Using a name that was previously used for a hardtop edition of the 1956-1960 Cadillac Eldorado model, the Cadillac Seville became a nameplate on its own when it was released in mid-1975 as a 1976 model. Though it was largely based on GM's X-body platform (Buick Skylark, Chevrolet Nova, etc), it was differentiated enough to be given its own unique "K" body designation. This new Seville was Cadillac's answer to the the rising popularity of luxury imports in the USA from Europe, such as Mercedes-Benz and BMW. Historically, these imported luxury cars had been cheaper, less luxurious and significantly smaller than Cadillacs, but over time they had evolved, and had become more luxurious and eventually even more expensive than Cadillacs. It became obvious that the traditional American automotive paradigm of "bigger equals better" was no longer in full effect in the marketplace.
The Seville was to be simultaneously the smallest and the most expensive Cadillac in the line-up, turning Cadillac's traditional marketing and pricing strategy on its head. The Seville maintained its position as the most expensive mass-produced American sedan throughout its run.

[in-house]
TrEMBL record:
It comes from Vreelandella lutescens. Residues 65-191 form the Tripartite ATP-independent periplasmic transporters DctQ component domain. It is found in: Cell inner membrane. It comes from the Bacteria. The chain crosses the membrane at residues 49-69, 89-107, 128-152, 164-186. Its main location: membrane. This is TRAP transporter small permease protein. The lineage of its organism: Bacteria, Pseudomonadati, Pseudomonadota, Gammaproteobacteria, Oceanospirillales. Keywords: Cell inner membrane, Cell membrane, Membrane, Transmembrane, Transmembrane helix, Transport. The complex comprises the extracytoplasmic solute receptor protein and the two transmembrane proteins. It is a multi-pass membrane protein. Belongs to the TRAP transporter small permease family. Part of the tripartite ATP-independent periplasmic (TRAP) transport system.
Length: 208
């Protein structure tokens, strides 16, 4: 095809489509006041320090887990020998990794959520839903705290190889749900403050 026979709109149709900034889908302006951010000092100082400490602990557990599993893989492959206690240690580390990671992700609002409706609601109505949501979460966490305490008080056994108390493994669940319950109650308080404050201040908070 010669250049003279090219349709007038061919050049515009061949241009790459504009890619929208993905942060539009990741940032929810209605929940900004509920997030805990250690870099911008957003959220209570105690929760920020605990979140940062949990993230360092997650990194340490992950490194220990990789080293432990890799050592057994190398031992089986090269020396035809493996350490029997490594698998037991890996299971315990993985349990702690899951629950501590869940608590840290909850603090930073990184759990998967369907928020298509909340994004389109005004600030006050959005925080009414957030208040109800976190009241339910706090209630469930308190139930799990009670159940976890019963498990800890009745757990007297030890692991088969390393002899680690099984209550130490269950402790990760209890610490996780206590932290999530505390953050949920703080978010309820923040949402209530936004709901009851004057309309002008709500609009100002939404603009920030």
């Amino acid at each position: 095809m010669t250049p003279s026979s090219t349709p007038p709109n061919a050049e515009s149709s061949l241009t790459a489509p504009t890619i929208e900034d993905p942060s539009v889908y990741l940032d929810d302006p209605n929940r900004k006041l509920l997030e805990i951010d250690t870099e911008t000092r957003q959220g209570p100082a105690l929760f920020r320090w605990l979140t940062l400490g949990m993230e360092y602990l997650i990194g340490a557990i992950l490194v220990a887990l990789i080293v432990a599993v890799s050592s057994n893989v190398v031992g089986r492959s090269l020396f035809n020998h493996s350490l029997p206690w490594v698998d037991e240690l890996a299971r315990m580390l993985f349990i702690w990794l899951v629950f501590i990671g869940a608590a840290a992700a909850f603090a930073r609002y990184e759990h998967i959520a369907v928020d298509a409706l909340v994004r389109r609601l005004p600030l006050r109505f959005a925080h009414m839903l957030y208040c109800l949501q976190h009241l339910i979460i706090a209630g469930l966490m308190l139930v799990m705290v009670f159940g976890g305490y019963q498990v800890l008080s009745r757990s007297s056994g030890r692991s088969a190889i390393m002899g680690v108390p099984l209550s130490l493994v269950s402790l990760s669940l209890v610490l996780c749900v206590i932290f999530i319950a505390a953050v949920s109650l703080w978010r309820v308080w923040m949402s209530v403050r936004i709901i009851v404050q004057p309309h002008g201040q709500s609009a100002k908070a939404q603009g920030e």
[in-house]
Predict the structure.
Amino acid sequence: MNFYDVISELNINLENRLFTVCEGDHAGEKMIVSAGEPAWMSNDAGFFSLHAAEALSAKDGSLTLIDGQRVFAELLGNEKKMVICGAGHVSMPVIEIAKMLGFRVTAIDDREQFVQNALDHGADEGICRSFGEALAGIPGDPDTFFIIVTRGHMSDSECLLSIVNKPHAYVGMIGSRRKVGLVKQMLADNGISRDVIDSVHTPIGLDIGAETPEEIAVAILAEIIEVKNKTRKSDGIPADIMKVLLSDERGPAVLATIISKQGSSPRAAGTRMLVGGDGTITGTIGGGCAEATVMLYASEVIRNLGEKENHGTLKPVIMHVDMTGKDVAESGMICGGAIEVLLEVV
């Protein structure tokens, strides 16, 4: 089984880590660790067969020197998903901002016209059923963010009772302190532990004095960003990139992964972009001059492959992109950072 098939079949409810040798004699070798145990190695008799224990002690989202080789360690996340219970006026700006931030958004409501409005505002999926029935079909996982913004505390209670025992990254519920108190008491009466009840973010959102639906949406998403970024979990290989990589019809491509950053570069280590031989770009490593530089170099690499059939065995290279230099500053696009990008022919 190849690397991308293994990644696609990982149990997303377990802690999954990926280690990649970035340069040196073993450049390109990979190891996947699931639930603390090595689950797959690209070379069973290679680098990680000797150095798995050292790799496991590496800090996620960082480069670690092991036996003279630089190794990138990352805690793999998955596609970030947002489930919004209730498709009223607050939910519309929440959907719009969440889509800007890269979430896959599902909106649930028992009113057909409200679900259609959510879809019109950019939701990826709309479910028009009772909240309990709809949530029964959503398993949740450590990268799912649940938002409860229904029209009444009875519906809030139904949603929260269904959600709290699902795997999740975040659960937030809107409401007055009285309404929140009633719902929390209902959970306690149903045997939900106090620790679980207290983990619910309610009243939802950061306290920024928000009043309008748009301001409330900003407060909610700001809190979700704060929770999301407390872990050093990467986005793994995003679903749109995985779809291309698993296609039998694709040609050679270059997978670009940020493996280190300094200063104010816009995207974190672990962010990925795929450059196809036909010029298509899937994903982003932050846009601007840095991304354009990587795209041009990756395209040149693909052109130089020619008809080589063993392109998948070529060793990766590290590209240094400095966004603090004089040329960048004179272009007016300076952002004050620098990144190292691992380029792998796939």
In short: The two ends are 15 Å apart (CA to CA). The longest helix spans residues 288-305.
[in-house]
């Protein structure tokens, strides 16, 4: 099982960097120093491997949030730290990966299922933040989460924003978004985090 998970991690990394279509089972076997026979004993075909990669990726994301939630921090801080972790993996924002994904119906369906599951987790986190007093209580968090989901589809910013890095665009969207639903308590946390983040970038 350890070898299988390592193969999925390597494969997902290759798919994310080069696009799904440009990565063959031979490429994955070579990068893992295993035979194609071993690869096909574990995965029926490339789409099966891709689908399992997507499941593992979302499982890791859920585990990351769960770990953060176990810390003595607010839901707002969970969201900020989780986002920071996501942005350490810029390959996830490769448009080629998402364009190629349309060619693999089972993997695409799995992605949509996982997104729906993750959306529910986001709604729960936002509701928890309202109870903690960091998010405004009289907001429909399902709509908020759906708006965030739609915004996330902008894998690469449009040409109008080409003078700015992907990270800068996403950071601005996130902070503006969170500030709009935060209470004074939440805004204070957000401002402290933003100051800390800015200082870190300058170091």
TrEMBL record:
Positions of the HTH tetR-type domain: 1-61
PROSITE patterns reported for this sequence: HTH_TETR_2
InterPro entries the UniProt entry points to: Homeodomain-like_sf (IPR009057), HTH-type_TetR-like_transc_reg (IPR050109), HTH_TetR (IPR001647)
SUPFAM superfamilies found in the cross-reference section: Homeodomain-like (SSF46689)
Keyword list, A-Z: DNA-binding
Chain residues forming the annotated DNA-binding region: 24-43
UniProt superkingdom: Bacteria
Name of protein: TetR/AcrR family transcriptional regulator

The Seville would undergo several generational transformations during its tenure from 1976-2004 when it was replaced by the STS, an alphanumeric designation that was previously a Euro-inspired option package available for the Seville (Seville Touring Sedan) available since the 1988 model year. The elimination of traditional names for Cadillacs and the subsequent alphanumeric model designations for the line-up was thought to be in keeping with the naming conventions of Cadillac's foreign competitors which universally use alphanumerics for their model nomenclature.